Areas on the shores of Lake Albert in Hoima are currently facing acute shortage of drugs, a situation that has been attributed to increased migration.
Locals say that the problem has also been escalated by floods and closure of illegal landing sites.
The standing health centres are now receiving more patients than their capacity forcing many patients to return home without drugs.
Asaba Jacqueline told us she walked 2km from Kyamukwenda Village to seek for medication at Kapapi Health Centre III.
Upon arrival at the health facility, her kids were diagnosed with fever but to her surprise, she was told by the health worker that there was no medicine for her children.
“I was told that my children are sick but there were no drugs for them. I was told to go and buy [the drugs] yet I didn’t even have money,” Asaba told this reporter.
Asaba said that drug shortage is not a new thing in their area.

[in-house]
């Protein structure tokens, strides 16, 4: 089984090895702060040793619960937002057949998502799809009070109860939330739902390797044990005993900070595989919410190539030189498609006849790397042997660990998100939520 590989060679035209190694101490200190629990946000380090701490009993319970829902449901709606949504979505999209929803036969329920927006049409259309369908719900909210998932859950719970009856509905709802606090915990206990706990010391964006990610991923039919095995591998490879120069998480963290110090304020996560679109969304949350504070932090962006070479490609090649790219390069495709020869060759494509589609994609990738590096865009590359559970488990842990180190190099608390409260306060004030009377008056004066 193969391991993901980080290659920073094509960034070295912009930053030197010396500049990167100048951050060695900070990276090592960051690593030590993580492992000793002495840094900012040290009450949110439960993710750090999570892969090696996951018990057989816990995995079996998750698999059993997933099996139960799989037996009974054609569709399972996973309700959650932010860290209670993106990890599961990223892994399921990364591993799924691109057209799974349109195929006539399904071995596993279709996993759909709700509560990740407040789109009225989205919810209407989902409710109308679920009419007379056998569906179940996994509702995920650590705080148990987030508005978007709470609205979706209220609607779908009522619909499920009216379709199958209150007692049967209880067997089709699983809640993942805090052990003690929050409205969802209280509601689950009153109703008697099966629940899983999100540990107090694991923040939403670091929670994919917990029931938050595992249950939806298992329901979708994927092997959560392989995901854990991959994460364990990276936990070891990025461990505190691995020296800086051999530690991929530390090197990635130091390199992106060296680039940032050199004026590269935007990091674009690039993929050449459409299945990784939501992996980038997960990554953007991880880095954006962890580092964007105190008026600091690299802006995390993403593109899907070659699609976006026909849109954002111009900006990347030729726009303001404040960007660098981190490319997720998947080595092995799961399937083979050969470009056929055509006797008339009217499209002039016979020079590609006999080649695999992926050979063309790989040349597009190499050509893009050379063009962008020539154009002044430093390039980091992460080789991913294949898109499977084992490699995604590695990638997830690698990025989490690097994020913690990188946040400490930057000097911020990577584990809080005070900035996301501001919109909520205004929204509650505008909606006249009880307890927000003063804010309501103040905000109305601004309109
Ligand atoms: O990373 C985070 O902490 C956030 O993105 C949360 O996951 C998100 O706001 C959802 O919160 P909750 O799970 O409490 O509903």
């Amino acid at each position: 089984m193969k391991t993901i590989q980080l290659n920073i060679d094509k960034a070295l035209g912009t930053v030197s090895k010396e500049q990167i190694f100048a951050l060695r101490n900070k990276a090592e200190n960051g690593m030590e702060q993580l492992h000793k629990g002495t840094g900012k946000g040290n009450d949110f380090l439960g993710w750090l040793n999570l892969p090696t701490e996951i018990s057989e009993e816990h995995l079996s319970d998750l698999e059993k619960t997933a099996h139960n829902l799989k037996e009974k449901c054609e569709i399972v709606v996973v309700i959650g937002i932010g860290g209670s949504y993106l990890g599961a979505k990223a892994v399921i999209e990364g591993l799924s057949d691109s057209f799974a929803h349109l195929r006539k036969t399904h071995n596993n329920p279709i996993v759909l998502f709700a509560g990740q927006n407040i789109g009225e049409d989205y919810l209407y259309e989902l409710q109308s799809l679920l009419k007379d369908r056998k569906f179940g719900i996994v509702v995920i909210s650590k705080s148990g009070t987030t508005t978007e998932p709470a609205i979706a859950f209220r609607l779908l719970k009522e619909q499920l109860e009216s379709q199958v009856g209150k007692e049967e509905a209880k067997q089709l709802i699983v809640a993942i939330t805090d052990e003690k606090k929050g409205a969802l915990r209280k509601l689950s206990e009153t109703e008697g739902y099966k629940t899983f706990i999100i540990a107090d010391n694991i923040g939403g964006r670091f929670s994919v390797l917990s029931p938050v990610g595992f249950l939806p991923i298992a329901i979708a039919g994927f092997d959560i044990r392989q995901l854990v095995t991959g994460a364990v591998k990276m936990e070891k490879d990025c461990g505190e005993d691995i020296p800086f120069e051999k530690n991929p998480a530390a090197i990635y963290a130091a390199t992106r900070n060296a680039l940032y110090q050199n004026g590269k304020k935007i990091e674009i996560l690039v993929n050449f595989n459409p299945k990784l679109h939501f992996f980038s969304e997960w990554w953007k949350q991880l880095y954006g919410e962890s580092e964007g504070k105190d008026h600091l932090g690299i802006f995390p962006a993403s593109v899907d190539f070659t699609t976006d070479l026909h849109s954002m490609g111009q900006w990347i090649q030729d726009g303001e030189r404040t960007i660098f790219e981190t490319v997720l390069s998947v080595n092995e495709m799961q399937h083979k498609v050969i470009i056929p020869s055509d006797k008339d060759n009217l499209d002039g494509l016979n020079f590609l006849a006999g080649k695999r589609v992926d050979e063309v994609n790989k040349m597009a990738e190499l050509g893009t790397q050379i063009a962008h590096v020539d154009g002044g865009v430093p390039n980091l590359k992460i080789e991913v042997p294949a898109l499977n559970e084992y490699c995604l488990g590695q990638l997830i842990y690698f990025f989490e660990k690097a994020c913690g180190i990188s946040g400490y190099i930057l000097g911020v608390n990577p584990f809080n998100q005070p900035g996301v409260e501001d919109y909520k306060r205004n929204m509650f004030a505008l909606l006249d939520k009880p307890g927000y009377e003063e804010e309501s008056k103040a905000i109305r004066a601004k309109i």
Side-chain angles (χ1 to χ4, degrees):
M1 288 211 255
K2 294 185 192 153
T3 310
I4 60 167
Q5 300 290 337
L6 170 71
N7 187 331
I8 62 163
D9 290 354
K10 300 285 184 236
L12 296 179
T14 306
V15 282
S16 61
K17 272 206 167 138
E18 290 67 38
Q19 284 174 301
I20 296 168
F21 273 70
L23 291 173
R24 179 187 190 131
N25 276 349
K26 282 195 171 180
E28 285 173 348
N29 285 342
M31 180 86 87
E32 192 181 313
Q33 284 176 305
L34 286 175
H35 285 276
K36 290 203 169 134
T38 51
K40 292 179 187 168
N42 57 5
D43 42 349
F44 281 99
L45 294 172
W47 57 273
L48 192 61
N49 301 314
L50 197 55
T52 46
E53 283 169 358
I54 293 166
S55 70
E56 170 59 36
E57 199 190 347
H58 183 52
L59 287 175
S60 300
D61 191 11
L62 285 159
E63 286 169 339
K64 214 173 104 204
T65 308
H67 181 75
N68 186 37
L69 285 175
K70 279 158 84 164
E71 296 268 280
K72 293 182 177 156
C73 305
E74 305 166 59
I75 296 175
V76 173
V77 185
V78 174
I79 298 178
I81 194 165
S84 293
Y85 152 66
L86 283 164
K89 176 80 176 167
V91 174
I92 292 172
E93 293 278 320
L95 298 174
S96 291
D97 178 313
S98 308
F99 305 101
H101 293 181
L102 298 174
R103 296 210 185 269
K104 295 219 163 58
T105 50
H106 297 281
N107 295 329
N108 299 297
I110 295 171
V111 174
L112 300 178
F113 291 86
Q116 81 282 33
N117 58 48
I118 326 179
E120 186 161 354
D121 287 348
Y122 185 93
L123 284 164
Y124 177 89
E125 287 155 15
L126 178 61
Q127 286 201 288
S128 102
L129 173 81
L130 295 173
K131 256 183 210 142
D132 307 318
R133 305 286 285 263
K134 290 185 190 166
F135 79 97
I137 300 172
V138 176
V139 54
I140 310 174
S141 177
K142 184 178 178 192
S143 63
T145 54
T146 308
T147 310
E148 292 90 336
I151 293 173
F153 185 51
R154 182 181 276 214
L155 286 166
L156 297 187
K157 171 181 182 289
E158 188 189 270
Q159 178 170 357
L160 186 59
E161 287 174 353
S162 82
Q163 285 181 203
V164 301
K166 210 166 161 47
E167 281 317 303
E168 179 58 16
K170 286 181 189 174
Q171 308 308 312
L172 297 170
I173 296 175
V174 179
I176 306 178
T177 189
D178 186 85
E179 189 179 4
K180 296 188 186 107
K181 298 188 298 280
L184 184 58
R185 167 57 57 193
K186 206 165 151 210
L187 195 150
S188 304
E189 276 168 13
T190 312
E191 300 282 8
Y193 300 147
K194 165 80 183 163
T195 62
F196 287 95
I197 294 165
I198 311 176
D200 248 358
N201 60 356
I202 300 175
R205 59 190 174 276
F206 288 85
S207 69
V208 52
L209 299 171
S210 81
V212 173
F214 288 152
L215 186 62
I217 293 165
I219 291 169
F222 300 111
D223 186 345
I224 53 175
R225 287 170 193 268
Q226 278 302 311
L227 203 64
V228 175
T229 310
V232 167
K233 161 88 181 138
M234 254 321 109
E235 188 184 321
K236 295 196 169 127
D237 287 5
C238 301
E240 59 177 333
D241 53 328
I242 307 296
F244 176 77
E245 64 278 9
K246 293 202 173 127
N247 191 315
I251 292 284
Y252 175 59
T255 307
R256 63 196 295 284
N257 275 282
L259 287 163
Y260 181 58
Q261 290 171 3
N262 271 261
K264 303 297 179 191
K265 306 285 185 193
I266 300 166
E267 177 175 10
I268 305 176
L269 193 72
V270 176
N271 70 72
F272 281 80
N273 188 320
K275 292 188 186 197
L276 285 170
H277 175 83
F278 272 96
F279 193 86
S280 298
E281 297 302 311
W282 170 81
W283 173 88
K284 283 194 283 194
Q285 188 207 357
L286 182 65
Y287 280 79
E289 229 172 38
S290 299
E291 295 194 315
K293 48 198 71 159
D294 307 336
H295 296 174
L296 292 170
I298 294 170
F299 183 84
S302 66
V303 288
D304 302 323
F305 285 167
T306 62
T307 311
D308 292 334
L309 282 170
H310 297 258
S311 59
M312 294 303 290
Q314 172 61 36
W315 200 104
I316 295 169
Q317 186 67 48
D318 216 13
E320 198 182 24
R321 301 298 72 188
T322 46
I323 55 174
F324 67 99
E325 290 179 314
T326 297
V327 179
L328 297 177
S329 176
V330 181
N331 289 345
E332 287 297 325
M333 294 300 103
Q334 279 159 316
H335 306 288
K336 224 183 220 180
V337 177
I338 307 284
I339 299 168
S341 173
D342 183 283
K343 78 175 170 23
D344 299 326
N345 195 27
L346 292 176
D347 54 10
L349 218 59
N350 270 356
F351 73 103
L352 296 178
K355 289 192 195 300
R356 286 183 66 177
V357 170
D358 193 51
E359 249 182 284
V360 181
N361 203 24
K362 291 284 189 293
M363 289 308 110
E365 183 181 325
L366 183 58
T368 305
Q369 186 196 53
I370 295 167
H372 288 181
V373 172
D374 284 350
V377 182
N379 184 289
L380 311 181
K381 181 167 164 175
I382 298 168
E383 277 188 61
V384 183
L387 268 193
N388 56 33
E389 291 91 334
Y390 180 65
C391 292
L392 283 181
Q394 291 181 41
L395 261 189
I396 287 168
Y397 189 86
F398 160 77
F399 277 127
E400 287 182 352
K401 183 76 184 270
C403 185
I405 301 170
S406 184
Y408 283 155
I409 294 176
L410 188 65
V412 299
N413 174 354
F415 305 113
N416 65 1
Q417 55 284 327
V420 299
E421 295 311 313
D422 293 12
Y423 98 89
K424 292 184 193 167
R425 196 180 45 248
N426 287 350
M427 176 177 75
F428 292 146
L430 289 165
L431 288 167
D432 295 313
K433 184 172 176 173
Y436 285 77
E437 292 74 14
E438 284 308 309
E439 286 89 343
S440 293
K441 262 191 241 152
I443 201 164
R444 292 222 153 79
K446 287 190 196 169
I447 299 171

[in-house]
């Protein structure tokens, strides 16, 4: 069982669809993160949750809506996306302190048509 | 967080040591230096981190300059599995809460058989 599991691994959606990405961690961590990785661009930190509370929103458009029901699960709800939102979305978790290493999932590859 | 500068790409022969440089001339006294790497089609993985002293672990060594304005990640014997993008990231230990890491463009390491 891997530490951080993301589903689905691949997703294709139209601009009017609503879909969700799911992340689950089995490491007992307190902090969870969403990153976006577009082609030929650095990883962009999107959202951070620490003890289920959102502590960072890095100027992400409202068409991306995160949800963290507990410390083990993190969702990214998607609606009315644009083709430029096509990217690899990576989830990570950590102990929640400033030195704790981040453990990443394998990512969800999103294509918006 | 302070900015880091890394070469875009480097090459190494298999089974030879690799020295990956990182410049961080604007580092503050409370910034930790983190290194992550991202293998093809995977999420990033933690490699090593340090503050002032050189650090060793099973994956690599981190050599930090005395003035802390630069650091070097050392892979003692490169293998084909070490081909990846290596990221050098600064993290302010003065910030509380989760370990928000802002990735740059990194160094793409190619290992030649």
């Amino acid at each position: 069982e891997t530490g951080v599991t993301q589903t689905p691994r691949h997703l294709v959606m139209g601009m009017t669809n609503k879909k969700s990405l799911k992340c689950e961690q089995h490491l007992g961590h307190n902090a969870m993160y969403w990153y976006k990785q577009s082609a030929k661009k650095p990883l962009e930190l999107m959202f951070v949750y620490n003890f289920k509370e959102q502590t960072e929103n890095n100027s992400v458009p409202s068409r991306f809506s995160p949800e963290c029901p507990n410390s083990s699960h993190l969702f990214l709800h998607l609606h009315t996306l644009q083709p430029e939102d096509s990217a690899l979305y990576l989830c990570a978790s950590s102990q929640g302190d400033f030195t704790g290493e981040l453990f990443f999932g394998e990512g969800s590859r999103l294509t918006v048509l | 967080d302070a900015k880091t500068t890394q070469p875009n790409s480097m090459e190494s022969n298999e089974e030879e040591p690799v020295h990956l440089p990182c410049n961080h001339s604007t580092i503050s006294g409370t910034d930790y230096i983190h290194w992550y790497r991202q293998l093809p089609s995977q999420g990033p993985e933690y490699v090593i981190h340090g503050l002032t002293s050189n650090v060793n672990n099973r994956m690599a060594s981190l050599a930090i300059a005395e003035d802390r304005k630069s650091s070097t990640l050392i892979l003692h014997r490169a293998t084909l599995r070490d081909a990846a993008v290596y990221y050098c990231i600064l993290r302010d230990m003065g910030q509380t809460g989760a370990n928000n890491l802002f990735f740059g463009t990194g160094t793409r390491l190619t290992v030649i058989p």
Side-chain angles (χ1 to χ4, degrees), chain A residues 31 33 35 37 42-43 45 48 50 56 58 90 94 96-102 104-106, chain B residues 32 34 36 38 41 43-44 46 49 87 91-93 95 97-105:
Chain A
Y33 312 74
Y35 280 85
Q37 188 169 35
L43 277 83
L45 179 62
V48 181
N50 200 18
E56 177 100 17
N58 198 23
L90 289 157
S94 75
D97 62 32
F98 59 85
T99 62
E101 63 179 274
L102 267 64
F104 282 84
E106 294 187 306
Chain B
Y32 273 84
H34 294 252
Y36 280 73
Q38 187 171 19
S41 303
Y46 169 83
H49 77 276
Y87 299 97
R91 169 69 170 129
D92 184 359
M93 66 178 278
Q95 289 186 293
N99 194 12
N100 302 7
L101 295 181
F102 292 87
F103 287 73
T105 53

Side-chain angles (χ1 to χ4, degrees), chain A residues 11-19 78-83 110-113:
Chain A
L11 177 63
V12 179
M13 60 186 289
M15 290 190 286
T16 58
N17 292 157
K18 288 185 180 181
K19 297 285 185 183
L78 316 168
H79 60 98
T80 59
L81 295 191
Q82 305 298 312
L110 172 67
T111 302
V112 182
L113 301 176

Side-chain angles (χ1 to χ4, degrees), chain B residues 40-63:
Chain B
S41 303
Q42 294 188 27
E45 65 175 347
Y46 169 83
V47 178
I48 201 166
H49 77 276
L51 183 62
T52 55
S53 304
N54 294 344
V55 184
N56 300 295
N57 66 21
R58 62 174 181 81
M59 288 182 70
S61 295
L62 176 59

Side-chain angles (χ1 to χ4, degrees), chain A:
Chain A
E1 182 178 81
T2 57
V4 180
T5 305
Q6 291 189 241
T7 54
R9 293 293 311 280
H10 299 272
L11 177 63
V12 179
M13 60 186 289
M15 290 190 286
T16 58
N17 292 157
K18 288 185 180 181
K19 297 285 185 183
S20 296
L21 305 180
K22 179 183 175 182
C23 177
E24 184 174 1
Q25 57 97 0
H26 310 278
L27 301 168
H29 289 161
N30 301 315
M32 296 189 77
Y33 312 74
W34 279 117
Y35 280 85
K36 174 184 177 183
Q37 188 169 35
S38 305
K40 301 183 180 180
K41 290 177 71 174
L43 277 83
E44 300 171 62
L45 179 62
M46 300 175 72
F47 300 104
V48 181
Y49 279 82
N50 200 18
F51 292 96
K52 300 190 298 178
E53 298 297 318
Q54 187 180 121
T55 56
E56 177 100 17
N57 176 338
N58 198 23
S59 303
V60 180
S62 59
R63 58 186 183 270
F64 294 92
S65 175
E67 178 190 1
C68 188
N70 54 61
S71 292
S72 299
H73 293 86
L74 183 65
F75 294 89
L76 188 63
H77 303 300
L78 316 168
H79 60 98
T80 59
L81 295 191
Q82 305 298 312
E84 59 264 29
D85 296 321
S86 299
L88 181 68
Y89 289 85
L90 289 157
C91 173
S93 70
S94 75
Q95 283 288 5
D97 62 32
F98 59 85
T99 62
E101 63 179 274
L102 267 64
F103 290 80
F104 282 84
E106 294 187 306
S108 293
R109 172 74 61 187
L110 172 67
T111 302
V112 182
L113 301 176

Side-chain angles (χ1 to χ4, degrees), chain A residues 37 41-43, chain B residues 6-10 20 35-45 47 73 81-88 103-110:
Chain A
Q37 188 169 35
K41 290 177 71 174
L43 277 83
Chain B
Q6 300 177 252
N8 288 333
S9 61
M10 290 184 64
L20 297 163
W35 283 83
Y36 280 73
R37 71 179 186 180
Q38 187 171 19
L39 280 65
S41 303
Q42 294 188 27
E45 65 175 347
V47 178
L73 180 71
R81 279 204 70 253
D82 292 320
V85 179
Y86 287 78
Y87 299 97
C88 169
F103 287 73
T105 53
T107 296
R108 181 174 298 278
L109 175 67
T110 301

Teddy Buringi, a clinical officer at the facility acknowledged the shortage of drugs attributing it to the rise in the number of patients which supersedes its capacity.
“The number of patients we were expecting every month has increased, we used to get around 1300 patients per month, but now we get over 1700 patients and this has affected us,” Birungi said.
Since May last year, over 2,000 people have been displaced either by floods or the closure of the landing sites by the military.
They were relocated to the already crowded landing sites a situation that made them vulnerable to opportunistic infections like malaria, cough and urinary tract infections that have seen drugs like paracetamol, amoxyline and anti malarials run out of stock in less than a week after restocking.
Hoima District Heath Officer, Lawrence Tumusiime said they have come up with some mechanisms to tackle the challenges.
“We are now carrying out distribution [of drugs] in low risk and high risk areas,” Tumusiime said.
Tumusiime implored the central government to consider supplying more drugs to Hoima to meet the growing demand.
Additional reporting by Jonah Kirabo